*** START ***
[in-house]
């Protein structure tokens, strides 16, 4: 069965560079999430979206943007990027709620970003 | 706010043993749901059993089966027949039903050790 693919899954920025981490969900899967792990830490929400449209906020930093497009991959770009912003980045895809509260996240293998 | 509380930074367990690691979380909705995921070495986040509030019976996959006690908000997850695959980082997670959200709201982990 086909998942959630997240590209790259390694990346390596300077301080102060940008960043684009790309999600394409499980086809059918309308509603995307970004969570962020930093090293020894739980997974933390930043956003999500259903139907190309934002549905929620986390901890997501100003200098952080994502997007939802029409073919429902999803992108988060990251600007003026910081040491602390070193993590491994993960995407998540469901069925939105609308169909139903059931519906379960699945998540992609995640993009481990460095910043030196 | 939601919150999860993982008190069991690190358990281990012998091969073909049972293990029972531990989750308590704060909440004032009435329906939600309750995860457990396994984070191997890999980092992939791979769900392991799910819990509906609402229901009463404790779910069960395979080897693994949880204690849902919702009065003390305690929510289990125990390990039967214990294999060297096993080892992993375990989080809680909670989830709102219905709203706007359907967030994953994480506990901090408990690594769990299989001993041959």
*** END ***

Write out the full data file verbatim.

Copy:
[in-house]
């Protein structure tokens, strides 16, 4: 069965560079999430979206943007990027709620970003 | 706010043993749901059993089966027949039903050790 693919899954920025981490969900899967792990830490929400449209906020930093497009991959770009912003980045895809509260996240293998 | 509380930074367990690691979380909705995921070495986040509030019976996959006690908000997850695959980082997670959200709201982990 086909998942959630997240590209790259390694990346390596300077301080102060940008960043684009790309999600394409499980086809059918309308509603995307970004969570962020930093090293020894739980997974933390930043956003999500259903139907190309934002549905929620986390901890997501100003200098952080994502997007939802029409073919429902999803992108988060990251600007003026910081040491602390070193993590491994993960995407998540469901069925939105609308169909139903059931519906379960699945998540992609995640993009481990460095910043030196 | 939601919150999860993982008190069991690190358990281990012998091969073909049972293990029972531990989750308590704060909440004032009435329906939600309750995860457990396994984070191997890999980092992939791979769900392991799910819990509906609402229901009463404790779910069960395979080897693994949880204690849902919702009065003390305690929510289990125990390990039967214990294999060297096993080892992993375990989080809680909670989830709102219905709203706007359907967030994953994480506990901090408990690594769990299989001993041959």